An additional problem is that in a generator-motor an inverter circuit is connected to the stator winding 22 and starting torque is generated by passing an electric current through this inverter circuit, but semiconductor elements are used in the inverter circuit and the semiconductor elements may be destroyed if a voltage greater than or equal to a given voltage tolerance acts on the semiconductor elements, etc.

Consequently, in this generator-motor, the induced voltage at the maximum rotational frequency when the field current is in a “zero” state cannot exceed the semiconductor element breakdown voltage. Moreover, hereinafter, the induced voltage at the maximum rotational frequency with the field current “zero” will be called the “de-energized no-load induced voltage”.

If this de-energized no-load induced voltage exceeds the battery voltage, in some cases it may give rise to overcharging, and there are also problems such as the possibility of the semiconductor elements being destroyed by surge voltages generated when trying to control this, etc.

Consequently, in this embodiment, the permanent magnets 20 have a shape that solves these problems and enables a large generated torque to be provided while also reducing the de-energized no-load induced voltage, while keeping the volume of the permanent magnets as small as possible.

In view of this, the present inventors varied the shape of the permanent magnets 20 while keeping the volume of the permanent magnets 20 constant, and found the starting torque and the de-energized no-load induced voltage by three-dimensional electromagnetic field analysis.

Here, the starting torque is torque when a field current is passed through the field winding 14, and the field current passed to the generator-motor is assumed to be the maximum electric current permissible thermally. The armature current passed through the stator winding 22 is also assumed to be the maximum instantaneous current, and the starting torque is set such that a phase angle formed by the field magnetic flux and the armature magnetic flux is the phase angle generating maximum torque. Of course, since there is a limit to the battery voltage, the starting torque must be the maximum torque within this voltage limit.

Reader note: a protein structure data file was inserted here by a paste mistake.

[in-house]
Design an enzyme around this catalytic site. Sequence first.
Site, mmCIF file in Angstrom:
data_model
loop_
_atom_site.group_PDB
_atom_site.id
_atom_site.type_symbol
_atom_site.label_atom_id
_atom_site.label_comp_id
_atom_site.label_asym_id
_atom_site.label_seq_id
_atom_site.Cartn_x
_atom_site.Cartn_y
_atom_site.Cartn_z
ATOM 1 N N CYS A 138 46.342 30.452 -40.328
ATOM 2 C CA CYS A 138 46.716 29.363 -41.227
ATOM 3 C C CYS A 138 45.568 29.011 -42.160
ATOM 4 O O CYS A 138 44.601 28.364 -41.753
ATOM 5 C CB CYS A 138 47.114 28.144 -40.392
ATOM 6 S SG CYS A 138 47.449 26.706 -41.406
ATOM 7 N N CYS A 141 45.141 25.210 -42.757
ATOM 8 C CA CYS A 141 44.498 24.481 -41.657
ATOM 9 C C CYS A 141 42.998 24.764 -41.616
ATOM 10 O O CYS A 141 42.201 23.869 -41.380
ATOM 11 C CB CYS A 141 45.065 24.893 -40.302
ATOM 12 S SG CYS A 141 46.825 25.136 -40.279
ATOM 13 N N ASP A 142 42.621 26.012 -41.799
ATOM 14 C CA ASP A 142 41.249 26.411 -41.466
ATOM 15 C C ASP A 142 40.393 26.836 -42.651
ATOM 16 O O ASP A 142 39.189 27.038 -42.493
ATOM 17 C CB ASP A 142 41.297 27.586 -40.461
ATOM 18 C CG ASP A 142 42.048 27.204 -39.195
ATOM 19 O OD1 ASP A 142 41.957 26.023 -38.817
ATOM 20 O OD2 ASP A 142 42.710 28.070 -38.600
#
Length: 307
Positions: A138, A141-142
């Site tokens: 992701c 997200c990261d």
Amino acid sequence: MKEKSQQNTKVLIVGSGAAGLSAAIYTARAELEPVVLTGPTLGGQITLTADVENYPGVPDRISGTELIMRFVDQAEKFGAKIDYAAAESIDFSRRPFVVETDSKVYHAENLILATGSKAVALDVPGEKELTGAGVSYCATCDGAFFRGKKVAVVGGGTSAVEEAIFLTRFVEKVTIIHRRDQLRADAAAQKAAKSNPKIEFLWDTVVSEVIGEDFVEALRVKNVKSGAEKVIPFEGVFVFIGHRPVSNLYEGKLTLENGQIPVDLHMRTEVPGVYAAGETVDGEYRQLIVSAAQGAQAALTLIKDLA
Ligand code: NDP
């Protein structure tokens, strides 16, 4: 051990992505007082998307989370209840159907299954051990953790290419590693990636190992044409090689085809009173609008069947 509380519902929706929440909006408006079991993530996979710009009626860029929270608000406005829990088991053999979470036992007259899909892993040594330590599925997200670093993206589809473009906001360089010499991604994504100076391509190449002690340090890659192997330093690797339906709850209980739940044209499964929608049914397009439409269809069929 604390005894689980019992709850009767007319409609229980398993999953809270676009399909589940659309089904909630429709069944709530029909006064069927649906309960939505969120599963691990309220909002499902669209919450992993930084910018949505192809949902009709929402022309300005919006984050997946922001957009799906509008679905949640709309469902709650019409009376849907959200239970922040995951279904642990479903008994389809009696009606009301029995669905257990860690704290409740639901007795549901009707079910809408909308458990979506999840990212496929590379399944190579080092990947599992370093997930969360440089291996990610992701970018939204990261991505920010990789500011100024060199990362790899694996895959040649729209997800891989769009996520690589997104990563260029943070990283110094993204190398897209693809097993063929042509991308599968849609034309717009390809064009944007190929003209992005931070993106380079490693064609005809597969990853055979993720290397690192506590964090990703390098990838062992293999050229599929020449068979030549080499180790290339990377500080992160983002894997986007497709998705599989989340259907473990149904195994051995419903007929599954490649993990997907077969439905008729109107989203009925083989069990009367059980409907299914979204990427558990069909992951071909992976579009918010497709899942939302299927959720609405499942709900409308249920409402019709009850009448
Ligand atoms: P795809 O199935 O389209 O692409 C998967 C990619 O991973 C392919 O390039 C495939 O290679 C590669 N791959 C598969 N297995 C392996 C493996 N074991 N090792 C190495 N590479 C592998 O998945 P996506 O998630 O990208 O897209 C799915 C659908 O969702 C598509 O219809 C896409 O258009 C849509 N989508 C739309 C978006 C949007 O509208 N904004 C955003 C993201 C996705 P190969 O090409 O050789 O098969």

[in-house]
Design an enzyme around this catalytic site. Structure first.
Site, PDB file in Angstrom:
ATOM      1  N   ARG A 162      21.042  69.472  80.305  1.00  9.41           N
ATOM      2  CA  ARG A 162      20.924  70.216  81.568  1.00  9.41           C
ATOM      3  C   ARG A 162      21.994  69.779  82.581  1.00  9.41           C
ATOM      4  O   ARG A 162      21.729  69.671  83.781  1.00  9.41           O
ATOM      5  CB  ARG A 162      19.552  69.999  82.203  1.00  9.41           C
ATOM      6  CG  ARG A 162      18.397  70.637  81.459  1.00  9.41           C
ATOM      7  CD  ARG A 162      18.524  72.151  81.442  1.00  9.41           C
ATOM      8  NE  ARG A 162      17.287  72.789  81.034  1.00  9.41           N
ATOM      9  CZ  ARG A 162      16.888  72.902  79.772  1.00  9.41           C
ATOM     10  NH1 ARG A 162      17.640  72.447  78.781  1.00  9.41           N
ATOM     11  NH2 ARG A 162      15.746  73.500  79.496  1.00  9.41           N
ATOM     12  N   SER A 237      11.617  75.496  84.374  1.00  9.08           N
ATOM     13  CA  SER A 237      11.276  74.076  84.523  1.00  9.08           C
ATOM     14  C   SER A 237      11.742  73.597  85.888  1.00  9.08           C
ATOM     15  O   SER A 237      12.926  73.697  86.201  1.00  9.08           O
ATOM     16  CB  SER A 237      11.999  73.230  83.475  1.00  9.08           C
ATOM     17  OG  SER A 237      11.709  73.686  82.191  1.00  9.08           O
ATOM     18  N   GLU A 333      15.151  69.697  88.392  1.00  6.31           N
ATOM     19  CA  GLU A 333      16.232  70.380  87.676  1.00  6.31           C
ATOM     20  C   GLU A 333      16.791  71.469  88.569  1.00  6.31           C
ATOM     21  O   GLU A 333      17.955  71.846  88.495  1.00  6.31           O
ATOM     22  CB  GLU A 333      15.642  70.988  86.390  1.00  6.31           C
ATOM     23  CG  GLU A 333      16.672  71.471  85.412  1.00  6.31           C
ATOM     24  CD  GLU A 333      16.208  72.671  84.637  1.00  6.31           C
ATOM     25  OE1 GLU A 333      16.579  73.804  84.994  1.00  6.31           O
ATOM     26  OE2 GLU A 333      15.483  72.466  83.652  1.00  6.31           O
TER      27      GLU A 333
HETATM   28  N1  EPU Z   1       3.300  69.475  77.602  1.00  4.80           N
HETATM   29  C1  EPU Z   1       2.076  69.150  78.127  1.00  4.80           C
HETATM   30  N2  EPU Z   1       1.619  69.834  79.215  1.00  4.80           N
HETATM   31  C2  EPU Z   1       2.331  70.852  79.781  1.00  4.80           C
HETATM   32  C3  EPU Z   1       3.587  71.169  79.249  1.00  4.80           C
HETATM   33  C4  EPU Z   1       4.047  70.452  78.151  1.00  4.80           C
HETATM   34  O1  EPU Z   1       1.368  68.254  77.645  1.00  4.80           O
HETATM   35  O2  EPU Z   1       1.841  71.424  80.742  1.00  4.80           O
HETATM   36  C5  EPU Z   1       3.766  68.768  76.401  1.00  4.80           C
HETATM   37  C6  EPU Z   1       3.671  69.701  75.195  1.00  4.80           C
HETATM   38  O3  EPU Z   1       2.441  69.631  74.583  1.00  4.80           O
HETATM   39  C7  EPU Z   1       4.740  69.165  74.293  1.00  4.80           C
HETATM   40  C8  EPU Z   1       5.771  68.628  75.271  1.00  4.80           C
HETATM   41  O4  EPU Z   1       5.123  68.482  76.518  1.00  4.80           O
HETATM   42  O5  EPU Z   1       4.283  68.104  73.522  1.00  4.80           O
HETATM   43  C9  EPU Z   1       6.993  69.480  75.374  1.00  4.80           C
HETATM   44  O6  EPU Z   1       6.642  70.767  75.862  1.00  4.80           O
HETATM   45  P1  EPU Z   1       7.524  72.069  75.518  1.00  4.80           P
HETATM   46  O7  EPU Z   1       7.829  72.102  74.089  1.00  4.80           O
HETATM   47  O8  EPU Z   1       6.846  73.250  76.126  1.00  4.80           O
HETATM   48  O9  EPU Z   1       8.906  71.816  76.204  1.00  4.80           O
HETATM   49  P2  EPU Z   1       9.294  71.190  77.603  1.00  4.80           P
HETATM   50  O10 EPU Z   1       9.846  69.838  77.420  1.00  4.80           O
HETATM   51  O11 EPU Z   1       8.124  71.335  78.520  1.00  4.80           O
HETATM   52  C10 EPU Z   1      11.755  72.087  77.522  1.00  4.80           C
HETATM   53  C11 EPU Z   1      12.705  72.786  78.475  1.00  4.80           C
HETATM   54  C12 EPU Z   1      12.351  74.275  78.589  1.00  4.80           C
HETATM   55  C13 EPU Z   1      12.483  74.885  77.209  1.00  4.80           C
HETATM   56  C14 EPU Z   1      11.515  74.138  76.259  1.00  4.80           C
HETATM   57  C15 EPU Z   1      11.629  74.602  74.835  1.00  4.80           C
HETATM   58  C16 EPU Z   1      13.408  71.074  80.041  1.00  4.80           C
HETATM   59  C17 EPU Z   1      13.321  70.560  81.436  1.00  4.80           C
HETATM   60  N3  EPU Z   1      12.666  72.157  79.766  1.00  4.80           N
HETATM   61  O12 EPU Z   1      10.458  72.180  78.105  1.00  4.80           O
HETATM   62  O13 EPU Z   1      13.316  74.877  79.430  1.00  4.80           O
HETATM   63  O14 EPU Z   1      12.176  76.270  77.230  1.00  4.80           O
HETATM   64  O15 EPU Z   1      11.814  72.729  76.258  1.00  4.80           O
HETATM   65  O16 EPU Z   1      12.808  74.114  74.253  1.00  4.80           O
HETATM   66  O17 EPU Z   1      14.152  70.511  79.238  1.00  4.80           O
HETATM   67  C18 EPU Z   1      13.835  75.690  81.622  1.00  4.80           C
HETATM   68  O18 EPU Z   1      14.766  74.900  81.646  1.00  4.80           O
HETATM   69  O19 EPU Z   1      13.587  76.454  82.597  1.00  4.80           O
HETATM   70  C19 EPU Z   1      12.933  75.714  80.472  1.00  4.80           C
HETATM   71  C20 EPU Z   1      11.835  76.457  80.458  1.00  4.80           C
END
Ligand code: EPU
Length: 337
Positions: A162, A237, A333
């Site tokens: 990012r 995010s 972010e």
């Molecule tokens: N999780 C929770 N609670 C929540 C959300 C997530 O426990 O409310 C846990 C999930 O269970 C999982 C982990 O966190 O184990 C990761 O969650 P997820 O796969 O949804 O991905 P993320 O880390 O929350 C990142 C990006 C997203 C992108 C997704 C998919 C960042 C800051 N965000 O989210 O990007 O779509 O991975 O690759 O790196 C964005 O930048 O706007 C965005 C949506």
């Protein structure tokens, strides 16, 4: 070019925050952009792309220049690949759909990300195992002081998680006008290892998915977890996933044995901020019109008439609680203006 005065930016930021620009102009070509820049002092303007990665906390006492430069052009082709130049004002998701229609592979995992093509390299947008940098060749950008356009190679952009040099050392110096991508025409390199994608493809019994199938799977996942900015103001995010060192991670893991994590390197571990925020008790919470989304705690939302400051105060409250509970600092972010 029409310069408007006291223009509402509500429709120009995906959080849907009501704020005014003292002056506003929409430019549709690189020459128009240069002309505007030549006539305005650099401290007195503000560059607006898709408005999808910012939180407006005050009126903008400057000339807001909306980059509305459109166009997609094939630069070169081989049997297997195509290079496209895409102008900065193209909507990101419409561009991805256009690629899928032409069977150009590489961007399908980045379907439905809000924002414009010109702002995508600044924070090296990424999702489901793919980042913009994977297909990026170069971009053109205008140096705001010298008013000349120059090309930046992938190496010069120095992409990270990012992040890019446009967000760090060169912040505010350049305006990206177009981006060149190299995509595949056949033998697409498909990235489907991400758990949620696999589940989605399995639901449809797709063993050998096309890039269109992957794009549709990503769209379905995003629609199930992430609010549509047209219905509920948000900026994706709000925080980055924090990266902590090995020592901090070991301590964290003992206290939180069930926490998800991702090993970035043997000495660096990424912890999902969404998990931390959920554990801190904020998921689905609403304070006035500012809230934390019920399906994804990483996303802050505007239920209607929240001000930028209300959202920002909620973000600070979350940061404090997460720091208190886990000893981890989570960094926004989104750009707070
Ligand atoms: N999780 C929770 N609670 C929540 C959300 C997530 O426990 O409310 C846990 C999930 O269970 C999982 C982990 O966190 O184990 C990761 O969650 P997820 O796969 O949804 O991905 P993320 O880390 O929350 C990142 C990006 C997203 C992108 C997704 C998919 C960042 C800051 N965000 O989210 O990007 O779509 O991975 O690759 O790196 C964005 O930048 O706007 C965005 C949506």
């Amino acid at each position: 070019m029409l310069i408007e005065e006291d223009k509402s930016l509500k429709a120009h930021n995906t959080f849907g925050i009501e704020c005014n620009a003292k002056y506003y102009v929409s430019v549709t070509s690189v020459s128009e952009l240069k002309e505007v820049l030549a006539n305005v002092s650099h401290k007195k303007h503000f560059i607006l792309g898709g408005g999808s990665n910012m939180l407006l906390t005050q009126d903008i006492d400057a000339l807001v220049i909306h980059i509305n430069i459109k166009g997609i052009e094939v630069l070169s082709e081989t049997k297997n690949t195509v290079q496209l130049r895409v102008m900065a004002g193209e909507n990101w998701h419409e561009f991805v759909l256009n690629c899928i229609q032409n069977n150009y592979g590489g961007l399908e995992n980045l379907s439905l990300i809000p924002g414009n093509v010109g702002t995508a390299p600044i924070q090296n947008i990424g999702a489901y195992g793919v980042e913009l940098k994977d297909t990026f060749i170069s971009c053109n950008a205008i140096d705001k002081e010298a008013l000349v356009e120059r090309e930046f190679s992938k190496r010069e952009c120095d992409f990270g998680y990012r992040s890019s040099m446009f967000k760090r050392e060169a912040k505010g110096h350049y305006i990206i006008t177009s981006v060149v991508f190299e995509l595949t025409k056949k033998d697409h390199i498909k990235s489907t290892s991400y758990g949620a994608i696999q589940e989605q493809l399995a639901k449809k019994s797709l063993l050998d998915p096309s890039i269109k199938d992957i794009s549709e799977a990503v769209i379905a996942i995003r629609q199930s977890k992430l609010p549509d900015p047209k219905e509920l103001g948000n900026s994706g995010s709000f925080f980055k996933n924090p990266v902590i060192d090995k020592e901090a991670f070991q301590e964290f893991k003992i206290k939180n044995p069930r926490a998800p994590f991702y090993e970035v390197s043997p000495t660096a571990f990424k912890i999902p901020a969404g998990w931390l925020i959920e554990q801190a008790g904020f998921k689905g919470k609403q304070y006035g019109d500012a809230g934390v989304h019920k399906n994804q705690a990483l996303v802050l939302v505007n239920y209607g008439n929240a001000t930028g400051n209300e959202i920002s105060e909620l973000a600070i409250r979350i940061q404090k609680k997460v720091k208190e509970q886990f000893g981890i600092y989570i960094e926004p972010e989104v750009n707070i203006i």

The de-energized no-load induced voltage is the interterminal voltage when the generator-motor is rotating at a maximum rotational frequency, and the field current is “zero”.

A value in which the increase in starting torque with permanent magnets 20 installed compared to the starting torque without permanent magnets 20 (hereinafter “starting torque increase”) is divided by the de-energized no-load induced voltage (starting torque increase/de-energized no-load induced voltage) was chosen as an index for considering the above properties. For this reason, it can be said that the greater the value of this index, the more superior the properties since the starting torque is large and the de-energized no-load induced voltage is small.